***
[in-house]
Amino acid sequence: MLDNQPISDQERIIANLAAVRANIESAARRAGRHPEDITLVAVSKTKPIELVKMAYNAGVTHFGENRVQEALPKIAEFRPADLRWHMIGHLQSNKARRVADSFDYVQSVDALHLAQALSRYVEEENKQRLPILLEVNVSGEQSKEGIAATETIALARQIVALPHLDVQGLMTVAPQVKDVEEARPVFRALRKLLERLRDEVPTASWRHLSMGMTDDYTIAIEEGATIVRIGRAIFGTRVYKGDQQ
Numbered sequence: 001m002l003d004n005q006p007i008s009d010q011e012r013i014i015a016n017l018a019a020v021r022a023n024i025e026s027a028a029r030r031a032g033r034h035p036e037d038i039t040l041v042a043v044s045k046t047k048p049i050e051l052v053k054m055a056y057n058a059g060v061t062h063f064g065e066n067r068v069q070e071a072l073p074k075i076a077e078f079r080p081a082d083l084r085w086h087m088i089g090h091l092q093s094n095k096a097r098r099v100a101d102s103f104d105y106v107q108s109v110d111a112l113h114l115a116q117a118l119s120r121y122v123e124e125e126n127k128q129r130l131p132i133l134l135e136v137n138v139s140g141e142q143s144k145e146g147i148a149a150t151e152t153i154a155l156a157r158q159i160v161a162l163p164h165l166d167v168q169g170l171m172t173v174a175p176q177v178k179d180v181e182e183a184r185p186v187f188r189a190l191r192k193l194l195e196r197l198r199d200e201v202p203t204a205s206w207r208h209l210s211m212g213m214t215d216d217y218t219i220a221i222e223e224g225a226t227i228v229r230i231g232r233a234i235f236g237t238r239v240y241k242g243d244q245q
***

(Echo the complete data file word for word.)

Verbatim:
[in-house]
Amino acid sequence: MLDNQPISDQERIIANLAAVRANIESAARRAGRHPEDITLVAVSKTKPIELVKMAYNAGVTHFGENRVQEALPKIAEFRPADLRWHMIGHLQSNKARRVADSFDYVQSVDALHLAQALSRYVEEENKQRLPILLEVNVSGEQSKEGIAATETIALARQIVALPHLDVQGLMTVAPQVKDVEEARPVFRALRKLLERLRDEVPTASWRHLSMGMTDDYTIAIEEGATIVRIGRAIFGTRVYKGDQQ
Numbered sequence: 001m002l003d004n005q006p007i008s009d010q011e012r013i014i015a016n017l018a019a020v021r022a023n024i025e026s027a028a029r030r031a032g033r034h035p036e037d038i039t040l041v042a043v044s045k046t047k048p049i050e051l052v053k054m055a056y057n058a059g060v061t062h063f064g065e066n067r068v069q070e071a072l073p074k075i076a077e078f079r080p081a082d083l084r085w086h087m088i089g090h091l092q093s094n095k096a097r098r099v100a101d102s103f104d105y106v107q108s109v110d111a112l113h114l115a116q117a118l119s120r121y122v123e124e125e126n127k128q129r130l131p132i133l134l135e136v137n138v139s140g141e142q143s144k145e146g147i148a149a150t151e152t153i154a155l156a157r158q159i160v161a162l163p164h165l166d167v168q169g170l171m172t173v174a175p176q177v178k179d180v181e182e183a184r185p186v187f188r189a190l191r192k193l194l195e196r197l198r199d200e201v202p203t204a205s206w207r208h209l210s211m212g213m214t215d216d217y218t219i220a221i222e223e224g225a226t227i228v229r230i231g232r233a234i235f236g237t238r239v240y241k242g243d244q245q